PA House Votes to Amend Sudan-linked Divestment Bill

July 3, 2007 ( - The Pennsylvania House of Representatives has approved a bill making taxpayers pick up the tab for investment losses caused by legislation ordering the state's pension funds to divest holdings in companies with ties to Sudan, the Associated Press reported.

“If we’re going to conduct foreign policy with pension money that really doesn’t belong to us, we should be willing to reimburse (the) pension funds for any losses,” said Representative Steve Nickol, who sponsored the bill, according to the AP.

The amendment was approved 113-85 and means that the taxpayers, not the State Employees’ Retirement System and Public School Employees’ Retirement System, will be required to make up for losses. The bill includes a stop loss provision limiting the funds’ losses to $500 million. Together, they have almost $100 billion in assets.

The Sudan Divestment Act requires the sale of stock in companies that directly or indirectly help the Sudanese government perpetuate genocide if those companies do not change their behavior after being contacted about it.

The State Employees’ Retirement System estimates that it currently holds about $145 million in companies that have been identified as divestiture targets by the Sudan Divestment Task Force. A figure for the teachers’ pension was not immediately available, according to the AP.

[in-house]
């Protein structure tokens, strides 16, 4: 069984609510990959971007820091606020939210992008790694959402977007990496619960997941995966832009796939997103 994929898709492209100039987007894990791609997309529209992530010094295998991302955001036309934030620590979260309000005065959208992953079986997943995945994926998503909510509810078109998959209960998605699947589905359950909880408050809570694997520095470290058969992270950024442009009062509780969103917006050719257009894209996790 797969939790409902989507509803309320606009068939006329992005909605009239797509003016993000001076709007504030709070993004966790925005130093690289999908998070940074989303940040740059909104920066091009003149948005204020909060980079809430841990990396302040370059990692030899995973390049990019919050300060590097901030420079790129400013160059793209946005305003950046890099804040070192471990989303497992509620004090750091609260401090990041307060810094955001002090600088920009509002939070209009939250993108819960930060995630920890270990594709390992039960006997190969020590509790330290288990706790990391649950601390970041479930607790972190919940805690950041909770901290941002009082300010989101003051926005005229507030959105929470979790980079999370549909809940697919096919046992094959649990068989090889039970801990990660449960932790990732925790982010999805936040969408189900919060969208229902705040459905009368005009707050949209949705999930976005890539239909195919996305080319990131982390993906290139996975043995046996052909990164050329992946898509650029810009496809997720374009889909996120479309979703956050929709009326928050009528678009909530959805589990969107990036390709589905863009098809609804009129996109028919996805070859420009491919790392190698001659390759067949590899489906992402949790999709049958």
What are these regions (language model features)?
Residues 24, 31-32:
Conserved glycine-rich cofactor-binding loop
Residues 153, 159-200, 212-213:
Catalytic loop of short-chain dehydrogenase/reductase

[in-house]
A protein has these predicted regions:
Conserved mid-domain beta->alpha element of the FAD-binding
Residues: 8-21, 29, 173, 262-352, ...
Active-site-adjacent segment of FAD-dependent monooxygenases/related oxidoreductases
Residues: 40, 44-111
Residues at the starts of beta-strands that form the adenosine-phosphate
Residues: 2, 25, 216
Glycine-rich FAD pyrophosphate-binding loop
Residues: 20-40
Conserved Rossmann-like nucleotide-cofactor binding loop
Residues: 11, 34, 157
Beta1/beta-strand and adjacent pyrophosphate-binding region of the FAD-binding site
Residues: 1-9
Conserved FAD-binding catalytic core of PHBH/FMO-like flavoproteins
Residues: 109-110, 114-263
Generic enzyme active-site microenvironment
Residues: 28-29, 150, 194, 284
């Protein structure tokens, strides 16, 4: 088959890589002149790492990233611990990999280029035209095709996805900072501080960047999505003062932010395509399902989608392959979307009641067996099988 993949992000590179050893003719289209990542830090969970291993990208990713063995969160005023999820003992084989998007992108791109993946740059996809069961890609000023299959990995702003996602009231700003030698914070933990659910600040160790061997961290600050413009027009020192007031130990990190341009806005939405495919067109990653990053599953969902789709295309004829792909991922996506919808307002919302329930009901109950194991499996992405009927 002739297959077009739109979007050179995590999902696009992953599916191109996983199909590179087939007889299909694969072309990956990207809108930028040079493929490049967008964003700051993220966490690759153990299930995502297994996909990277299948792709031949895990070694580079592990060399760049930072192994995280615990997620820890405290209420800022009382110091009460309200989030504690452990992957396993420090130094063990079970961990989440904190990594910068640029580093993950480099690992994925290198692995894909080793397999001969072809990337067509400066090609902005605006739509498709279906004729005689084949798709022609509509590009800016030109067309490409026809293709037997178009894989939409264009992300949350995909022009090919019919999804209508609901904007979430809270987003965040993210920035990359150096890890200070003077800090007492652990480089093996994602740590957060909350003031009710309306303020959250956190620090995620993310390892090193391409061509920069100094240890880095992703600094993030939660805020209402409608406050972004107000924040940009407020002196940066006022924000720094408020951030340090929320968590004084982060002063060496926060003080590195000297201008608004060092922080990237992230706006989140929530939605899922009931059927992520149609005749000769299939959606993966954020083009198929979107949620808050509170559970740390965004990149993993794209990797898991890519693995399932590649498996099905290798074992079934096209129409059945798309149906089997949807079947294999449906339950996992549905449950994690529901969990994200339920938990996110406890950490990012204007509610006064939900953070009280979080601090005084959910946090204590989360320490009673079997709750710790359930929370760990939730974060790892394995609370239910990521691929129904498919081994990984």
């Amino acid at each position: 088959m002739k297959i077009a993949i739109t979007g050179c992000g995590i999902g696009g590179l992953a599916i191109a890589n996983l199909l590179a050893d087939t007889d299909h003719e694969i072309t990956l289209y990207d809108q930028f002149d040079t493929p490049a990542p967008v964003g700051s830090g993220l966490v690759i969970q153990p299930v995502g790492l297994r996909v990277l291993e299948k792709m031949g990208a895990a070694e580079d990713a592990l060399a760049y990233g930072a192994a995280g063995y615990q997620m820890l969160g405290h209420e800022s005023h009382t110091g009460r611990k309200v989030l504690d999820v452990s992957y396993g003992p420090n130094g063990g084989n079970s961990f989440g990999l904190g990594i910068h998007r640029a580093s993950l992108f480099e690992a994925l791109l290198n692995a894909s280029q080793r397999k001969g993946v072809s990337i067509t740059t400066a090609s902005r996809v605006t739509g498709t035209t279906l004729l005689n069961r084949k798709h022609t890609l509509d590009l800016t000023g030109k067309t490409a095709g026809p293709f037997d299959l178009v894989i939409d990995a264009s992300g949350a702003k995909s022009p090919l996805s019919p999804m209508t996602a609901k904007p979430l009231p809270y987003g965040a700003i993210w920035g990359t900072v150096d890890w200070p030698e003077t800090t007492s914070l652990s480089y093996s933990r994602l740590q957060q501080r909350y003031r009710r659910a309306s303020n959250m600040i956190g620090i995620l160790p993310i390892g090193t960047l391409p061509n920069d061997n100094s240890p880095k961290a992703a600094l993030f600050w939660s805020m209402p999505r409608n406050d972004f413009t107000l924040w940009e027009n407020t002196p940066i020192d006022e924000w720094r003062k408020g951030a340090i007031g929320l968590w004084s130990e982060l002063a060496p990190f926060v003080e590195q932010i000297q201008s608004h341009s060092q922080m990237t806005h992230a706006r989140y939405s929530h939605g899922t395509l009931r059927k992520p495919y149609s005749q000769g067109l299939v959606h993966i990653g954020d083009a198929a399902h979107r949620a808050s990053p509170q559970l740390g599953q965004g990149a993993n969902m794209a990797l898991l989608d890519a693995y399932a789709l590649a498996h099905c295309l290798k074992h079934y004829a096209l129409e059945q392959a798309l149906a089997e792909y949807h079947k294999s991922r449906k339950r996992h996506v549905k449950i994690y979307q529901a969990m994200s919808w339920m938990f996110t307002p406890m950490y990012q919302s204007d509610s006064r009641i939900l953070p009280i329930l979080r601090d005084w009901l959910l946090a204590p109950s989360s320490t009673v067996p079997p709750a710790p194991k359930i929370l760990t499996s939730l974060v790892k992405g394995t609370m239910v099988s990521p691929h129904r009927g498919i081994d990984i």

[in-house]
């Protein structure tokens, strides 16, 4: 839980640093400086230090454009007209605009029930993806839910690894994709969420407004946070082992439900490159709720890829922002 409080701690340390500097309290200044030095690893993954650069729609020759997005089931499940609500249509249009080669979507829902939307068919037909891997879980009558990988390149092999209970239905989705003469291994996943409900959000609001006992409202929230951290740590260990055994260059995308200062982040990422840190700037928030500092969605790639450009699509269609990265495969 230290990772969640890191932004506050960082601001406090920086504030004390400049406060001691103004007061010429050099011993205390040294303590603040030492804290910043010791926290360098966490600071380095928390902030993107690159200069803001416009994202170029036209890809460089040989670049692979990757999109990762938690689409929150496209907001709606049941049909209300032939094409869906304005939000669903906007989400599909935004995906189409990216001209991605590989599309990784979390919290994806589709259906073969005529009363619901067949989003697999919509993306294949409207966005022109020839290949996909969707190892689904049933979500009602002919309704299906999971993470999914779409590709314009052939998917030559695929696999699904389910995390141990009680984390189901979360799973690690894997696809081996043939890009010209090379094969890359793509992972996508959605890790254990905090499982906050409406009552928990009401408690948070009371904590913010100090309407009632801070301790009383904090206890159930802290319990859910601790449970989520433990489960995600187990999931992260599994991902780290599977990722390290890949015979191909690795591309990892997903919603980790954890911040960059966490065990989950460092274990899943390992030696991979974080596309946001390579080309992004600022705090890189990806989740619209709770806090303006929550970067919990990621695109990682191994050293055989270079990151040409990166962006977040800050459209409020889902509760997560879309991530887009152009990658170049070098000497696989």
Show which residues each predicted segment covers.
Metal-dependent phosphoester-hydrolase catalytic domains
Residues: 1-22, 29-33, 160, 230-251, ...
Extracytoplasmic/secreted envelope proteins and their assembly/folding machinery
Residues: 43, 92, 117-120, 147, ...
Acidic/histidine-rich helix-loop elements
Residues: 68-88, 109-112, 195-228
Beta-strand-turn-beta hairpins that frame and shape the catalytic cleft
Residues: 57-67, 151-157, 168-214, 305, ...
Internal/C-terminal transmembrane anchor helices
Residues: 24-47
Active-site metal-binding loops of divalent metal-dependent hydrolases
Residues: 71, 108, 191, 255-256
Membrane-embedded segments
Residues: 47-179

One of the most recent to join efforts to ban Sudan-liked investments is by the Arkansas Teacher Retirement System (See AK Teacher Retirement System Votes to Avoid Sudan-linked Holdings ). The fund had initially resisted state legislative efforts to divest its holdings, because only two of the companies were identified as still having an interest in Sudan, with holdings amounting to less than $1 million.

The federal Thrift Savings Plan (TSP) board also voted at the end of last month to oppose current Congressional proposals that would pressure it to get rid of holdings in companies tied to Sudan and Iran, saying that it disapproved of measures that would “introduce political or social considerations into TSP investment policy.” (See TSP Board Approves Auto Enrollment, Default Option ).

The reasoning of the board falls in line with other critics of such divestment measures, who question whether investment decisions governed by social policy could put plan sponsors on the line for fiduciary breach allegations (See Doing the Right Thing? ).